Emotional intelligence ‘is the most important factor affecting GCC businesses’

Author: Robert Jeffery | Date: 16 Nov 2016

Dubai HR Summit 2016: huge rise in millennial population means a different kind of leadership is required, say experts

Businesses in GCC countries will have to rapidly get to grips with the need for more emotionally intelligent leaders and leadership styles, delegates at the Dubai HR Summit were warned.
 
Describing emotional intelligence (EQ) as the “most relevant issue affecting GCC businesses”, Amanda White – managing director of IHS Dubai and management expert on local radio – said the preferences of millennial employees meant traditional forms of management, though prevalent, were simply not working.
 
“Millennials yearn to work with managers who listen to them and treat them fairly,” said White. “They want to form meaningful connections with their colleagues. Fifty per cent of the population are under 25 – as leaders, we have no choice but to learn EQ skills and behaviours.
 
“We need a shift in our leadership style. It has origins in command and control, and we have to reduce the ‘power difference’ that comes with that.”
 
Emotional intelligence is the idea that ability to relate to others, empathise and build consensus among individuals is an increasingly important route to business success, and can be every bit as powerful an indicator of future performance as traditional intelligence or past track record.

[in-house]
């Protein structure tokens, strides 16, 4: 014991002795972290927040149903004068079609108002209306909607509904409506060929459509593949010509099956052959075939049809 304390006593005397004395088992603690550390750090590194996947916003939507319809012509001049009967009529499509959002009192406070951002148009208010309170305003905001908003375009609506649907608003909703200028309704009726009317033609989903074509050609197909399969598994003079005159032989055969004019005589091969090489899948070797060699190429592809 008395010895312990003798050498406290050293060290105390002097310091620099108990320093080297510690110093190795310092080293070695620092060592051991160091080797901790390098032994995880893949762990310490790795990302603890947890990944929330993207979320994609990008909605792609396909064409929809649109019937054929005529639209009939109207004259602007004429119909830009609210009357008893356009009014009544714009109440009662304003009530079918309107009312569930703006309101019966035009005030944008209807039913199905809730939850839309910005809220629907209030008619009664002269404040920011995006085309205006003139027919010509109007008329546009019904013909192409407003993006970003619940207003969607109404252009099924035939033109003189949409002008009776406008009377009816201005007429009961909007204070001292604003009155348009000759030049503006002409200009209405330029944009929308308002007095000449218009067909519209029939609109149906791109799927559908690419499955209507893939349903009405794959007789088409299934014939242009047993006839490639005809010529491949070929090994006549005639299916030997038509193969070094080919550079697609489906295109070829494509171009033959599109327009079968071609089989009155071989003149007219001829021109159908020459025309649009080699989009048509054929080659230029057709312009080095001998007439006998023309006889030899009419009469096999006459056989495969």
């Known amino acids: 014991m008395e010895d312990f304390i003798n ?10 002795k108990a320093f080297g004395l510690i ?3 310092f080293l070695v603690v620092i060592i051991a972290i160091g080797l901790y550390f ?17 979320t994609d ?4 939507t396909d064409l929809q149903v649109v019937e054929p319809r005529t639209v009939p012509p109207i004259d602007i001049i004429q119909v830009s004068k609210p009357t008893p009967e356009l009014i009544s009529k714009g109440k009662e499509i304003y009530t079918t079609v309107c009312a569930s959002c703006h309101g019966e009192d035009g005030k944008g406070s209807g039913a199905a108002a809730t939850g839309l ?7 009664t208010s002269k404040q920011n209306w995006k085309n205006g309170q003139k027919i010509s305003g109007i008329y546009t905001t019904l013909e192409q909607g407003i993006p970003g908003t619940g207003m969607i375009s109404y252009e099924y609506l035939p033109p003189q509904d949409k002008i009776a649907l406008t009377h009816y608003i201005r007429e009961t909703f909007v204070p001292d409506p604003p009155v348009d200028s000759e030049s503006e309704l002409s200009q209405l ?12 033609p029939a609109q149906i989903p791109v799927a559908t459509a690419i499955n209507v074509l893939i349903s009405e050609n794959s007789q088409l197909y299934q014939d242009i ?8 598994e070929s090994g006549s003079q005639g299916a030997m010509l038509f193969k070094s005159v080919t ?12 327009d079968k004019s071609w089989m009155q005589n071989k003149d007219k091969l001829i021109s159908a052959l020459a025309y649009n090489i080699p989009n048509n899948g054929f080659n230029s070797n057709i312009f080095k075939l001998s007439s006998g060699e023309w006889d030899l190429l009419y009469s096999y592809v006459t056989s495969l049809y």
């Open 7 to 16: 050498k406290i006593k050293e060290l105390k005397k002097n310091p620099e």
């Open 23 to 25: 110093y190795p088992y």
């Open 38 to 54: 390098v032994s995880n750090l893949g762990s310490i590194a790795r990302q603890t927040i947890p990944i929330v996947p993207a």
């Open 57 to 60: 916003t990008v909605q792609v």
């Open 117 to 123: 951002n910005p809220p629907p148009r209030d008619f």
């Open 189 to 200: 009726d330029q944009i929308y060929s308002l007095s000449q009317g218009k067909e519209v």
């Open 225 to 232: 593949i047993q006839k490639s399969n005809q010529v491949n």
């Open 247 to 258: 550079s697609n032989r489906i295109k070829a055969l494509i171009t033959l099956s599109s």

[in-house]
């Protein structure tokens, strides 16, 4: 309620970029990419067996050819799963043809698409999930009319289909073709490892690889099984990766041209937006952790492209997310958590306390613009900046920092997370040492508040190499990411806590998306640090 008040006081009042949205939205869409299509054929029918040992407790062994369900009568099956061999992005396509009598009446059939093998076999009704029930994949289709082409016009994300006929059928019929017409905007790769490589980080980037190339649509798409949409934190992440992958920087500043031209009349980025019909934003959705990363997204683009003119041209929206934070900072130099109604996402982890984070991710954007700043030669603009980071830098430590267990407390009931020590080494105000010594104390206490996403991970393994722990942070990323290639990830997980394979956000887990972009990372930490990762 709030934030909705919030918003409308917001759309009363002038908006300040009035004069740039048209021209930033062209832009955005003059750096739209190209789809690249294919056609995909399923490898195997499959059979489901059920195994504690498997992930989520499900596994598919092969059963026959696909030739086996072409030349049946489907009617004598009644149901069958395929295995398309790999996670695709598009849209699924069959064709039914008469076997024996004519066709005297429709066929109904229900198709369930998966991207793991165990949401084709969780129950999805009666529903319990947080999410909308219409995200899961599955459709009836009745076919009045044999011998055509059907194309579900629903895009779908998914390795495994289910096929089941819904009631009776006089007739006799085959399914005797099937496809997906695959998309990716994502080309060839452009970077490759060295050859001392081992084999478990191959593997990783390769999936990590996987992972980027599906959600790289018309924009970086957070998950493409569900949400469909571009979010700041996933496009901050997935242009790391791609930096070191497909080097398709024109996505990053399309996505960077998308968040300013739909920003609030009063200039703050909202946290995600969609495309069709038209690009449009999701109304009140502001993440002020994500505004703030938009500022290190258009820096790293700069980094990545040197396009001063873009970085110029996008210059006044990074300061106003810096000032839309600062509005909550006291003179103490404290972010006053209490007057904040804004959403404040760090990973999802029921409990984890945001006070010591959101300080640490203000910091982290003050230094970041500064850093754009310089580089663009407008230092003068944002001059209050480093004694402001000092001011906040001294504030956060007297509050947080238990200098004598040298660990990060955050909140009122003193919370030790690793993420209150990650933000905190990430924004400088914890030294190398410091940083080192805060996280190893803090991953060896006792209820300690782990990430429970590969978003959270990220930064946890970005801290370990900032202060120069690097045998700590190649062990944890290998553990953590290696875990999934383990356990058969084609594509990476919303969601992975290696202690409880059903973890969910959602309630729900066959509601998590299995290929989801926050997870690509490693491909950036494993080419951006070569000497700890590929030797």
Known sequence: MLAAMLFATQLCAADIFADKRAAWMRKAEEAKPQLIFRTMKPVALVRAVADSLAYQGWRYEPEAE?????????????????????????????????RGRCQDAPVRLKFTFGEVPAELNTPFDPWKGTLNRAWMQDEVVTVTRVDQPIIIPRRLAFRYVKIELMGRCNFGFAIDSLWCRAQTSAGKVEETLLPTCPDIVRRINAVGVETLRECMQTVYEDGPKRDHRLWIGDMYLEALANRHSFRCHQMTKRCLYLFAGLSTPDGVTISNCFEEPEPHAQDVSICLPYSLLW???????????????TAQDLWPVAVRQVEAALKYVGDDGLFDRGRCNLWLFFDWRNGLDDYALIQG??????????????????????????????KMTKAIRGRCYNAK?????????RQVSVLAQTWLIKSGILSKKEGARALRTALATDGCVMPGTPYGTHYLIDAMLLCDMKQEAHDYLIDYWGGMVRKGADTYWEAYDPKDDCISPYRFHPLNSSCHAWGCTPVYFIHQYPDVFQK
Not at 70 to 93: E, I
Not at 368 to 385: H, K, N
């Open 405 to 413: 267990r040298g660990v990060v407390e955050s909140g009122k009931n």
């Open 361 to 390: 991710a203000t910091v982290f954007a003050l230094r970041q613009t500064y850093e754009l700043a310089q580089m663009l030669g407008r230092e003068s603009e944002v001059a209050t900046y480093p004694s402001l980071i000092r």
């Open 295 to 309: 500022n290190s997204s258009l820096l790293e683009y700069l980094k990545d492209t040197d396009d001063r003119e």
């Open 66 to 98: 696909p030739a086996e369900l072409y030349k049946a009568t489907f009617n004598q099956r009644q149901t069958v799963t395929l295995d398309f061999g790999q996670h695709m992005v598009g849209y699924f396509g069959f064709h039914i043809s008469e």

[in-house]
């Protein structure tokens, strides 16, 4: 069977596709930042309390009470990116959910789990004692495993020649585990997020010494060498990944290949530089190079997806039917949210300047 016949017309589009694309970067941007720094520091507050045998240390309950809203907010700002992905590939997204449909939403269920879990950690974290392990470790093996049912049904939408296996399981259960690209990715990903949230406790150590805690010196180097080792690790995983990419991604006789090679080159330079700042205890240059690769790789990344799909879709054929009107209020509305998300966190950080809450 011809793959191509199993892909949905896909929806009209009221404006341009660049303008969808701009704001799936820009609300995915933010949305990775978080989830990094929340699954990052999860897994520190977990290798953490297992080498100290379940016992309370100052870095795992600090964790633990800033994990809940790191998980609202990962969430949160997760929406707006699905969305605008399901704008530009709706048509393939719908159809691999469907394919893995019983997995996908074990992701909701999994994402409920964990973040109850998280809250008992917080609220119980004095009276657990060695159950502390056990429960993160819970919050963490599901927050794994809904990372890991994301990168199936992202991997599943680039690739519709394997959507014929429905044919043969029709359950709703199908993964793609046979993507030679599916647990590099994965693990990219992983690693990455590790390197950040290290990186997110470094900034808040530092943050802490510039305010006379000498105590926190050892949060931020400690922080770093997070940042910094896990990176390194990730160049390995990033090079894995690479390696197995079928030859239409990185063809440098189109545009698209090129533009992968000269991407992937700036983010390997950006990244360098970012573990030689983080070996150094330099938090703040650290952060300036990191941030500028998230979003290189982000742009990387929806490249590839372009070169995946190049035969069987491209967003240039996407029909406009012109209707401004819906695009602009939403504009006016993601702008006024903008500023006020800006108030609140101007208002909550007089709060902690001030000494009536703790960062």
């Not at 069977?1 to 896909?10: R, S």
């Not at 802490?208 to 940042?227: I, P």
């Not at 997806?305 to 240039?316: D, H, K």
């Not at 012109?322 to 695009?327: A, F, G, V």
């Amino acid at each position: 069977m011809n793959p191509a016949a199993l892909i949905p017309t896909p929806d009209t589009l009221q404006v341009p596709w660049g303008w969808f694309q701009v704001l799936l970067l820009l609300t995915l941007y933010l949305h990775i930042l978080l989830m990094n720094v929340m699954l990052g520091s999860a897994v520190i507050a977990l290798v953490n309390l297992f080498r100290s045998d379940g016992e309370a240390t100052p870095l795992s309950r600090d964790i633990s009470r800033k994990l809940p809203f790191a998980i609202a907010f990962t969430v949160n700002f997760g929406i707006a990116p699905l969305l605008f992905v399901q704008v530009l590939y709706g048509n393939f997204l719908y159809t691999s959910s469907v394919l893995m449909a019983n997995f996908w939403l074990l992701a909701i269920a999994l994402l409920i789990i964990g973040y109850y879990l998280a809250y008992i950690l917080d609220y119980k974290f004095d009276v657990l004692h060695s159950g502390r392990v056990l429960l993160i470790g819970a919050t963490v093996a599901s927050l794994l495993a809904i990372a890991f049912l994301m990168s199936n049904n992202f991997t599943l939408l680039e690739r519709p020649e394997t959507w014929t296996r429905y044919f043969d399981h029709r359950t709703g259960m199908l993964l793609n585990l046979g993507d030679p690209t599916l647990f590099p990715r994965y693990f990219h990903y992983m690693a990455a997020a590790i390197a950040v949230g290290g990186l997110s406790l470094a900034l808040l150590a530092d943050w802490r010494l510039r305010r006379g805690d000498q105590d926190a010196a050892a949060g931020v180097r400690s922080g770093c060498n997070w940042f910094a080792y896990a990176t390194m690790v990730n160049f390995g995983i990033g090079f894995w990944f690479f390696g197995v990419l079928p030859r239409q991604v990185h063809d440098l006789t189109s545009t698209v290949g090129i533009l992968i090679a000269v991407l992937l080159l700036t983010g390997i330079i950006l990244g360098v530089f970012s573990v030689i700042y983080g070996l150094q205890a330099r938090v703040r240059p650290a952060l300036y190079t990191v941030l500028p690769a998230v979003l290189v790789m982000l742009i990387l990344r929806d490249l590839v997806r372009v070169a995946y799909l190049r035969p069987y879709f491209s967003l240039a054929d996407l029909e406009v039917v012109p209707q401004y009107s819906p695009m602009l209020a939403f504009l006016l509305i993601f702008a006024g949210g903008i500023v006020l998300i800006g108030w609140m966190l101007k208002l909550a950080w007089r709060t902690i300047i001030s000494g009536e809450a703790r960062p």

White was joined by Steven Stein, author of a number of studies and books on the topic, who said the US Air Force had been able to reduce attrition among its recruitment department by 52 per cent when it began hiring the most emotionally intelligent candidates. The new employees worked fewer hours and even reported happier marriages, but they were also measurably more productive.
 
“Some people believe business decisions are all logical and rational,” said Stein. “But there’s an emotional aspect to it every time. The people who are most emotionally intelligent know when it’s best to be emotional and when to be rational. But you increasingly need to be able to express emotion at work, to be able to maintain and develop relationships.”
 
Stein suggested increased emotional intelligence was an organisational goal as well as an individual one, and urged businesses to think differently about how they approached appraisals (which tended to be emotionally unfulfilling experiences) and recruitment (which could benefit from a focus on ‘fit’ as well as technical competence). Most of all, he said, businesses could become more “mission-driven”, explaining their purpose to employees in order to appeal to their emotional sides.